Iraqi parliament fails to launch process for new unity government


Sunnis and Kurds walked out of the first session of the Iraqi parliament Tuesday, impeding efforts backed by the United States to form a new unified national government.

After less than two hours, Acting Speaker Mahdi al-Hafidh called off the session after most of the 328-member legislature’s Sunni and Kurdish lawmakers didn’t return after a short break, The Associated Press reported

Their absence prevented the parliament from having a sufficient number of lawmakers for a quorum.


Lawmakers had been tasked with initiating the process to form a new government in Baghdad, but they failed to make any progress in choosing new leaders or a new prime minister.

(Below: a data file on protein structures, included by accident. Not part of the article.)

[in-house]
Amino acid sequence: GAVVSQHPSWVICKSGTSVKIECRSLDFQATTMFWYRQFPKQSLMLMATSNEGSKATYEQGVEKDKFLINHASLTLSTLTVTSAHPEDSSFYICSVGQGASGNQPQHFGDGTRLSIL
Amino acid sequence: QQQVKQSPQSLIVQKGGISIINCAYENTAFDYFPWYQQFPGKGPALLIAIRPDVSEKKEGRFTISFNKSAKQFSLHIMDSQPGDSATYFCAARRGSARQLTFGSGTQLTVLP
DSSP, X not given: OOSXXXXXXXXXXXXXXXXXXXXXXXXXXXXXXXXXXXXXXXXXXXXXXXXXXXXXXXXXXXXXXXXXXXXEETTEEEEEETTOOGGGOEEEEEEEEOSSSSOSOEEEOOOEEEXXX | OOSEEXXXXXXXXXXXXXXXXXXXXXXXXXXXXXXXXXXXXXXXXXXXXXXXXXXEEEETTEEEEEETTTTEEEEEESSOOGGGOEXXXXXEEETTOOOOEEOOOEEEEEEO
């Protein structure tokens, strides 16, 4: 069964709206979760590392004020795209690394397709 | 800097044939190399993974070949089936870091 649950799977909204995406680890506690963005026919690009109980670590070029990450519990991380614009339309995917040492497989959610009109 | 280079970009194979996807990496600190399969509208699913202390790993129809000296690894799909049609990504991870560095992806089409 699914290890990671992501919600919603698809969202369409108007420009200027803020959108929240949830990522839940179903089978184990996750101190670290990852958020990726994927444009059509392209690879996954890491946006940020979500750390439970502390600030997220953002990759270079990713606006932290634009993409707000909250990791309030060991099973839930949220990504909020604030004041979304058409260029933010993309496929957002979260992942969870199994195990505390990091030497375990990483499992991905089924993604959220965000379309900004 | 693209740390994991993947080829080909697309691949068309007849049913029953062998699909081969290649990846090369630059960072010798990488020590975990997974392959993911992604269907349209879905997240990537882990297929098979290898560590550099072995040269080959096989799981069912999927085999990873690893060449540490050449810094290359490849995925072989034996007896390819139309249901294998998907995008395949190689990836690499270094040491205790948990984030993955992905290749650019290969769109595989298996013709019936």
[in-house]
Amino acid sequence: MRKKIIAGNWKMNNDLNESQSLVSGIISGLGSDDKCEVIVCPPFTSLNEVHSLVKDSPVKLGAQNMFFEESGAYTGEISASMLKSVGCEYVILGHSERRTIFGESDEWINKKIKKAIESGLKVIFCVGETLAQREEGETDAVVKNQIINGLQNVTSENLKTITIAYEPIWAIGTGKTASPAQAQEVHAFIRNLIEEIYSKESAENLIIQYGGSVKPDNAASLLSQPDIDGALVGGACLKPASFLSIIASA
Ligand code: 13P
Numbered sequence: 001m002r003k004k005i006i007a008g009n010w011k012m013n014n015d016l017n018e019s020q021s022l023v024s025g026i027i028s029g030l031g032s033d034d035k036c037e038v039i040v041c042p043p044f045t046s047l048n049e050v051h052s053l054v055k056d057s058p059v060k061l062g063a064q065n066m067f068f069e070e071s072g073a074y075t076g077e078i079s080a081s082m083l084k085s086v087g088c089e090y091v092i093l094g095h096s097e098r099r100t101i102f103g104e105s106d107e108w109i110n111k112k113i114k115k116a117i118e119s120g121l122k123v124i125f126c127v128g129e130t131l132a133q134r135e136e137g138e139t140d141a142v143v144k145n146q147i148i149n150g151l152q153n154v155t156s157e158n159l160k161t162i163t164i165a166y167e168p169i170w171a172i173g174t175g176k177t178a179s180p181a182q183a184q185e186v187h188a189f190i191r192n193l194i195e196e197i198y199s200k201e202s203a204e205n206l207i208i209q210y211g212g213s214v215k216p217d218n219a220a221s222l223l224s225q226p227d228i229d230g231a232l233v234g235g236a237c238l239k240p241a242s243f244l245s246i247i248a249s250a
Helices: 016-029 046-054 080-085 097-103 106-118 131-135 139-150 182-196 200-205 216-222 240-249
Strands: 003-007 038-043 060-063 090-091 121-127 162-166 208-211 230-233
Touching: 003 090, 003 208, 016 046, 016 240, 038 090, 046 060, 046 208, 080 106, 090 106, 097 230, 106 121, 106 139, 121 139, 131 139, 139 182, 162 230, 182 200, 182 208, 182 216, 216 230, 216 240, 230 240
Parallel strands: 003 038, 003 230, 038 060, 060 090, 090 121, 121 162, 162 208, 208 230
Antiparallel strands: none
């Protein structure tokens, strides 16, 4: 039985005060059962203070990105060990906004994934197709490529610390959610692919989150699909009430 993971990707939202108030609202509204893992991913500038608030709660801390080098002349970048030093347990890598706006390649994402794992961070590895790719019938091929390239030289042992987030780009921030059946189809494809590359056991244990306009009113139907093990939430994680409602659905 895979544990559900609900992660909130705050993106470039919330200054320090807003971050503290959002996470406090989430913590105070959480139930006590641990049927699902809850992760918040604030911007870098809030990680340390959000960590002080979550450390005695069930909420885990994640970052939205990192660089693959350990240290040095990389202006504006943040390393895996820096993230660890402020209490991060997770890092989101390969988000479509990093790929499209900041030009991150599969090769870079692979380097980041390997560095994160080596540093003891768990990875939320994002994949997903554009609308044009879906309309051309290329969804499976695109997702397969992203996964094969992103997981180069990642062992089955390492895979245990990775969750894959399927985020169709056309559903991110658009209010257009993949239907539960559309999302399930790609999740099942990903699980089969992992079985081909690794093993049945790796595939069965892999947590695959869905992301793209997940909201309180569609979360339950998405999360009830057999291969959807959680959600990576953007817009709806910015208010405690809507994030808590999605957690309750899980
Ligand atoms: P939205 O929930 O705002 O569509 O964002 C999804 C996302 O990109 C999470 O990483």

Last week, Iraqi Prime Minister Nouri al-Maliki, a Shiite, appeared to reject calls for a national unity government that embraces Sunnis and Kurds, but said he was still committed to a new government.

The Obama administration has been pushing this course of action as part of the response against Sunni militants of the Islamic State in Iraq and Syria (ISIS), which has taken over much of Iraq's north. 

Iraq had declared a national holiday for the convening of the parliament; shops and businesses closed in the nation’s capital and a large number of troops patrolled the city, The New York Times said.

The United Nations on Tuesday said Iraq had one of the highest monthly death tolls in June. More than 2,400 people were killed last month including 1,531 civilians, according to the figures. Nearly 2,300 were also injured last month in acts of terrorism.